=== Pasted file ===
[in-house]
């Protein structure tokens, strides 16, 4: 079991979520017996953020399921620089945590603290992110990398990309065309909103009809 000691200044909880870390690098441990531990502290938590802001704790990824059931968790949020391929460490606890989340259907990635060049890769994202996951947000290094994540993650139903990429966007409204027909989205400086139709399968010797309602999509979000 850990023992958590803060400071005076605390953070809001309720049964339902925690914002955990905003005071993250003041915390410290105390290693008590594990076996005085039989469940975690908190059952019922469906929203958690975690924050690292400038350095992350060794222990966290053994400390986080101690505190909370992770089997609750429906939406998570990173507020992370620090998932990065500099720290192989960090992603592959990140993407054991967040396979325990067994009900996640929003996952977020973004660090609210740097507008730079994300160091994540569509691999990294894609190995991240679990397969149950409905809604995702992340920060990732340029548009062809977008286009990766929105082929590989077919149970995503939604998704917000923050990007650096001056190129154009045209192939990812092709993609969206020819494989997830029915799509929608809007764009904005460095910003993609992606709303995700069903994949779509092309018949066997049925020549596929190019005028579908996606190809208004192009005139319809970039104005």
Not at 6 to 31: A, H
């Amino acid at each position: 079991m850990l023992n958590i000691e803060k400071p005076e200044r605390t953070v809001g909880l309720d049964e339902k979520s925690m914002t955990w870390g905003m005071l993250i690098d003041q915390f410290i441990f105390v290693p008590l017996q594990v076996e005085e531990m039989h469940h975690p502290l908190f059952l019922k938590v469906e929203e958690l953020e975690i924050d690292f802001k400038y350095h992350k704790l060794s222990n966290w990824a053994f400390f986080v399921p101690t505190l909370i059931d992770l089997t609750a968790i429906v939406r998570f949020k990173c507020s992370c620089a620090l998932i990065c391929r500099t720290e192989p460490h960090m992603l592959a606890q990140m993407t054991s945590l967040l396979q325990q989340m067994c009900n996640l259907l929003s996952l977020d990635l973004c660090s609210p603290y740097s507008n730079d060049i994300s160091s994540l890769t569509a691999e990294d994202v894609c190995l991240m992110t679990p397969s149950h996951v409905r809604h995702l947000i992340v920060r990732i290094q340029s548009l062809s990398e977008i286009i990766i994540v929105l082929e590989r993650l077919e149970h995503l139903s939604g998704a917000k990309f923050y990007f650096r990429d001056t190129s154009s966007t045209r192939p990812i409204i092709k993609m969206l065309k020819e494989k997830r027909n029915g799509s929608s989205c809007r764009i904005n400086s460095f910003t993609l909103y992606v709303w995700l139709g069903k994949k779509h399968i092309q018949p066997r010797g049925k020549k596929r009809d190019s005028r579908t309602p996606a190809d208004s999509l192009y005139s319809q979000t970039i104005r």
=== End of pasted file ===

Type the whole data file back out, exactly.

[in-house]
């Protein structure tokens, strides 16, 4: 079991979520017996953020399921620089945590603290992110990398990309065309909103009809 000691200044909880870390690098441990531990502290938590802001704790990824059931968790949020391929460490606890989340259907990635060049890769994202996951947000290094994540993650139903990429966007409204027909989205400086139709399968010797309602999509979000 850990023992958590803060400071005076605390953070809001309720049964339902925690914002955990905003005071993250003041915390410290105390290693008590594990076996005085039989469940975690908190059952019922469906929203958690975690924050690292400038350095992350060794222990966290053994400390986080101690505190909370992770089997609750429906939406998570990173507020992370620090998932990065500099720290192989960090992603592959990140993407054991967040396979325990067994009900996640929003996952977020973004660090609210740097507008730079994300160091994540569509691999990294894609190995991240679990397969149950409905809604995702992340920060990732340029548009062809977008286009990766929105082929590989077919149970995503939604998704917000923050990007650096001056190129154009045209192939990812092709993609969206020819494989997830029915799509929608809007764009904005460095910003993609992606709303995700069903994949779509092309018949066997049925020549596929190019005028579908996606190809208004192009005139319809970039104005």
Not at 6 to 31: A, H
């Amino acid at each position: 079991m850990l023992n958590i000691e803060k400071p005076e200044r605390t953070v809001g909880l309720d049964e339902k979520s925690m914002t955990w870390g905003m005071l993250i690098d003041q915390f410290i441990f105390v290693p008590l017996q594990v076996e005085e531990m039989h469940h975690p502290l908190f059952l019922k938590v469906e929203e958690l953020e975690i924050d690292f802001k400038y350095h992350k704790l060794s222990n966290w990824a053994f400390f986080v399921p101690t505190l909370i059931d992770l089997t609750a968790i429906v939406r998570f949020k990173c507020s992370c620089a620090l998932i990065c391929r500099t720290e192989p460490h960090m992603l592959a606890q990140m993407t054991s945590l967040l396979q325990q989340m067994c009900n996640l259907l929003s996952l977020d990635l973004c660090s609210p603290y740097s507008n730079d060049i994300s160091s994540l890769t569509a691999e990294d994202v894609c190995l991240m992110t679990p397969s149950h996951v409905r809604h995702l947000i992340v920060r990732i290094q340029s548009l062809s990398e977008i286009i990766i994540v929105l082929e590989r993650l077919e149970h995503l139903s939604g998704a917000k990309f923050y990007f650096r990429d001056t190129s154009s966007t045209r192939p990812i409204i092709k993609m969206l065309k020819e494989k997830r027909n029915g799509s929608s989205c809007r764009i904005n400086s460095f910003t993609l909103y992606v709303w995700l139709g069903k994949k779509h399968i092309q018949p066997r010797g049925k020549k596929r009809d190019s005028r579908t309602p996606a190809d208004s999509l192009y005139s319809q979000t970039i104005r």